Fading memories shored up by veteran’s photography

Eighty-nine-year-old Second World War veteran Gilbert Davis was not only the stoker mechanic on board HMC Ships Merrittonia and Bellechasse, he was also an inadvertent photojournalist. 

During his six years of service escorting merchant navy ships across the Atlantic, and minesweeping in the Pacific, he took hundreds of photos. 

“One of the first things I owned was a camera; it was nothing like the fancy cameras they have now. I bought it for about a dollar fifty,” he recalls from his home off Gorge Road in Victoria.

Cameras on ships were a rarity, and Davis was one of maybe two sailors on board fortunate to have one.  

“The navy didn’t like the idea of cameras because the photographs might fall into enemy hands, and if there were photos of sensitive things, it may give the enemy an advantage. I never developed any of the photographs until after the war when I was back in Moose Jaw,” he says.

He’d keep the rolls of film from his Kodak 127 Baby Brownie box camera in his footlocker. Each roll took 12 photos.

His photos ranged from posing with shipmates on Douglas Street in Victoria, to the hard reality of a sailor’s life at sea.

His favourite photo was taken when HMCS Merrittonia was being fuelled at sea by an oiler. 

“I took those photos back then for my own keeping. My photos reflect day-to-day life in the Royal Canadian Navy aboard a convoy escort ship, whereas the embedded reporters of today are more often trying to get the spectacular photos of combat,” he says.

One photo he took of a sailor being rescued from a torpedoed ship showed up in a special edition of Reader’s Digest Canadians at War years after the war ended.

“I was very surprised to find my photo in a major publisher’s hard-cover specialty book, especially a large two-page spread of it,” said Davis. “I knew without a doubt that it was my photo and I never provided it to them. It’s hard to guess how they came to obtain a copy.”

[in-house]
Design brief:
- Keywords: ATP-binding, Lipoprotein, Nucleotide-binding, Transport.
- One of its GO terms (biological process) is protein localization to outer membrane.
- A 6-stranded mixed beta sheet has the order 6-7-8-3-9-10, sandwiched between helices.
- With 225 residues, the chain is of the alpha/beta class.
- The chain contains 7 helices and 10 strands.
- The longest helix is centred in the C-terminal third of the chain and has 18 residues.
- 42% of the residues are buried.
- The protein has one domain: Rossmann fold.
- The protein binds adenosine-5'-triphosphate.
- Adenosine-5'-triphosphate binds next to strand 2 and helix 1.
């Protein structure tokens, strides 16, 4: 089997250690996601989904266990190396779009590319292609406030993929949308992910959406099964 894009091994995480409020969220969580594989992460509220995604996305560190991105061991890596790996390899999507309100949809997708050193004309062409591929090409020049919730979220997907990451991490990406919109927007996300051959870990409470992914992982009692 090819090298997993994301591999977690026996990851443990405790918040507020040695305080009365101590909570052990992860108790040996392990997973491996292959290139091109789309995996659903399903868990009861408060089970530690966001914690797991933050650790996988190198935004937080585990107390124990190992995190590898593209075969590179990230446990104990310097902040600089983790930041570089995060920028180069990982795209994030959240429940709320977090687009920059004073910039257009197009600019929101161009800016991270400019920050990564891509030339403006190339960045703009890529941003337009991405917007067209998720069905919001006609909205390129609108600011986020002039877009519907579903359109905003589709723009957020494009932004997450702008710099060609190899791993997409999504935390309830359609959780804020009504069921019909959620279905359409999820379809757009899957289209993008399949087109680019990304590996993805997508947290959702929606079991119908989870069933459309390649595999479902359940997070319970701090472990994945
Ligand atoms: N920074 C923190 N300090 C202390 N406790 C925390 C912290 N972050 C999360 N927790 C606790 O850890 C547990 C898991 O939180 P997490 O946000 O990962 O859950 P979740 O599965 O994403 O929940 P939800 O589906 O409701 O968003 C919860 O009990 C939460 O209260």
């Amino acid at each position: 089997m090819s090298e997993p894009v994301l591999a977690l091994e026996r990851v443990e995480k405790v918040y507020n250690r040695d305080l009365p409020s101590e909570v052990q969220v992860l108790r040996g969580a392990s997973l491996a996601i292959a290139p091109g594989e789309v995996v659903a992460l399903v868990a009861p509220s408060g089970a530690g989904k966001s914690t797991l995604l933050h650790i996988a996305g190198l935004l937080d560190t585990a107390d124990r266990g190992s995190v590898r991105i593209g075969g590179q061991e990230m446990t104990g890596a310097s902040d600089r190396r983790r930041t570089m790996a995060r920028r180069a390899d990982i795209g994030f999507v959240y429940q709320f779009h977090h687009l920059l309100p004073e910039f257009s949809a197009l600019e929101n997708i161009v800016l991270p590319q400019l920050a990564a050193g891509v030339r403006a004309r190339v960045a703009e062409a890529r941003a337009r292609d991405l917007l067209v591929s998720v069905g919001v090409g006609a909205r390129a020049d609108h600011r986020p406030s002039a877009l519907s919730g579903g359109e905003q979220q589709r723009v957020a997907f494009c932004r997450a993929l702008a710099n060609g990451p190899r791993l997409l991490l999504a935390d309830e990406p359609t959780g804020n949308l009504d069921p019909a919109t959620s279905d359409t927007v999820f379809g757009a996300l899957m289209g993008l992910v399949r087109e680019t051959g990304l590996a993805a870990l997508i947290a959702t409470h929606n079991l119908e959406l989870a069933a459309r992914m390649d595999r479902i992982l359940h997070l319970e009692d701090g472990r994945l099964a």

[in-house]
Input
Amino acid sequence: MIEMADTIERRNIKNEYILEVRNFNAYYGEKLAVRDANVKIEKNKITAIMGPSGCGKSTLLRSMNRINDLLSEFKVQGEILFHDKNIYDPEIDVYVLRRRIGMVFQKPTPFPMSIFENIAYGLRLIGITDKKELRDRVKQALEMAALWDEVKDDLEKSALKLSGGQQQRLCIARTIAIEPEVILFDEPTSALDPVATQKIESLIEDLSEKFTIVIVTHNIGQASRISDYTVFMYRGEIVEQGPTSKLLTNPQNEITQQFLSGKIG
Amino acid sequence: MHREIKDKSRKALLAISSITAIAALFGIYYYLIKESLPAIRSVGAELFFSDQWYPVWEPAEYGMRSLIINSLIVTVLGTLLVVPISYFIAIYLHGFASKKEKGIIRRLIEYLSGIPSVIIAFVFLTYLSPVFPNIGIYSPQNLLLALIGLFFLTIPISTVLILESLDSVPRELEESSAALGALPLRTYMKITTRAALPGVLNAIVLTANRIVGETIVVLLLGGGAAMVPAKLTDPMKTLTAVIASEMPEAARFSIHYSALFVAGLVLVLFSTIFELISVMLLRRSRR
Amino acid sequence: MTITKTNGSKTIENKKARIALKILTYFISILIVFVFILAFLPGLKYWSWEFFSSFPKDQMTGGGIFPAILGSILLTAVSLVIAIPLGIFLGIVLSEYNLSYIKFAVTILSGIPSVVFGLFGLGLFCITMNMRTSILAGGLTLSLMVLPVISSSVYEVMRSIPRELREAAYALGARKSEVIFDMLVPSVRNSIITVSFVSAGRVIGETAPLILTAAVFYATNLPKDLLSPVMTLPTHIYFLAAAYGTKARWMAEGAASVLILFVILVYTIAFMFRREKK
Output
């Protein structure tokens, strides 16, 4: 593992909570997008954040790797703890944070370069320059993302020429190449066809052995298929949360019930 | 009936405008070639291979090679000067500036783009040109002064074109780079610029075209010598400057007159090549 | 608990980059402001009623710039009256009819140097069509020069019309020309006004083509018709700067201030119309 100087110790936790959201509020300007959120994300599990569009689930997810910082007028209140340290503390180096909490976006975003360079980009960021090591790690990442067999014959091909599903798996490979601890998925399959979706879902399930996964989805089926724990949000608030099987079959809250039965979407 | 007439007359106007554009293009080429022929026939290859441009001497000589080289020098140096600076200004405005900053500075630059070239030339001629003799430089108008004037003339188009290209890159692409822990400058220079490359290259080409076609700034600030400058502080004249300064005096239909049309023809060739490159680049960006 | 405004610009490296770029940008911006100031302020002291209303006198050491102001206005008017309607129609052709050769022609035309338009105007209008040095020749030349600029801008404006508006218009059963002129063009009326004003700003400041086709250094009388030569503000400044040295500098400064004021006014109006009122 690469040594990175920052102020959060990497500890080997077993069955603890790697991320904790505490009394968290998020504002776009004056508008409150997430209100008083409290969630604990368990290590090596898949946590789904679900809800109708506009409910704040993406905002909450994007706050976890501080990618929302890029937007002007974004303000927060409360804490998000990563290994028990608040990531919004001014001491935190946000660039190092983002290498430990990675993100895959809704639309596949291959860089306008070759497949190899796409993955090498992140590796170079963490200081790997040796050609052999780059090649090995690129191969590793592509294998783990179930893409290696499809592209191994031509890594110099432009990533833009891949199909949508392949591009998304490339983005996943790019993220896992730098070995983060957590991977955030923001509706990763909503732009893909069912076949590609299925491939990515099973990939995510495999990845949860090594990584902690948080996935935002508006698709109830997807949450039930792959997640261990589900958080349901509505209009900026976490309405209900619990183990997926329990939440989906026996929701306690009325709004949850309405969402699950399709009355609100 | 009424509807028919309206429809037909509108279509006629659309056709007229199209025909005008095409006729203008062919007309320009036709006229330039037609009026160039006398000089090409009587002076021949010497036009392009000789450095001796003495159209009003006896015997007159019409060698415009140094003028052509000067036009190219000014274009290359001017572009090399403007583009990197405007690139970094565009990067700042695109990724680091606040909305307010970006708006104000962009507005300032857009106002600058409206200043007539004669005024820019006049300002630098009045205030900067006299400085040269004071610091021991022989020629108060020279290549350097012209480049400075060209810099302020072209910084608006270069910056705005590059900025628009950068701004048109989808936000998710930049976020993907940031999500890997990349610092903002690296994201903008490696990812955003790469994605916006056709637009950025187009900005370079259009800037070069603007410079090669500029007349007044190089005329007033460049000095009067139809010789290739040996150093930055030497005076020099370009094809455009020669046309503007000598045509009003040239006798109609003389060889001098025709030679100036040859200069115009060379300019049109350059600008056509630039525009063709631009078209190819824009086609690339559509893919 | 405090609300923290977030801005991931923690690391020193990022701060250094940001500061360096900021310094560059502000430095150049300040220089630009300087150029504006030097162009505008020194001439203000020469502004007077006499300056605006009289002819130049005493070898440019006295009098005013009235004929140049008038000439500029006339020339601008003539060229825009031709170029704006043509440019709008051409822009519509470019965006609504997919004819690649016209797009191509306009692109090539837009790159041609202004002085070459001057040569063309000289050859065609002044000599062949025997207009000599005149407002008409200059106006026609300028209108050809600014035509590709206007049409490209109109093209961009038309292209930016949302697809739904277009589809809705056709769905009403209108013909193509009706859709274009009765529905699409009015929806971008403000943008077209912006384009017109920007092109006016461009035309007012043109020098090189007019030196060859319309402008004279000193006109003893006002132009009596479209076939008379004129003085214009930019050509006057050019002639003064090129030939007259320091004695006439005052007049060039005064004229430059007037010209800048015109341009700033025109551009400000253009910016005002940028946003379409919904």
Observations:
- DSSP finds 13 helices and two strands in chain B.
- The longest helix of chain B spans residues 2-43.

Davis thinks that when he took the film in to be developed somebody kept a second copy of his images. 

“My photo was published and printed without my permission or acknowledgement,” he adds.

Readers Digest formally apologized when Davis approached the Canadian publisher. 

“The original publish date was 1969 and they no longer had any records or files on hand to reference regarding it. If nothing else, it felt good that we set the record straight for our own sake,” he says.

While the memories of many Second World War veterans are fading, Davis, with help from his step-son David Witzer, has recorded his story into a 51-minute narrative video on You Tube, using his photographs as visual reference. 

Davis thinks Canadian Forces members would find the video interesting to compare with their own service experiences. 

“Seeing bi-planes on an aircraft carrier fashioned from an old freighter is something they probably wouldn’t expect from the Second World War, and certainly that seems so primitive compared to today’s navy fleets. I also hope that young school students might find the video a good learning tool rather than having to see other more vivid examples of the war. The one thing that I think is evident in the video is the sense of camaraderie and moments other than combat. Maybe that video might spark someone’s interest to begin their own service with the Canadian Forces. There were many rewarding moments and experiences,” he says.

To see his video, go to YouTube and search for Royal Canadian Navy – A WW2 Personal Documentation by Gilbert OS Davis.

Shelley Lipke, Staff Writer

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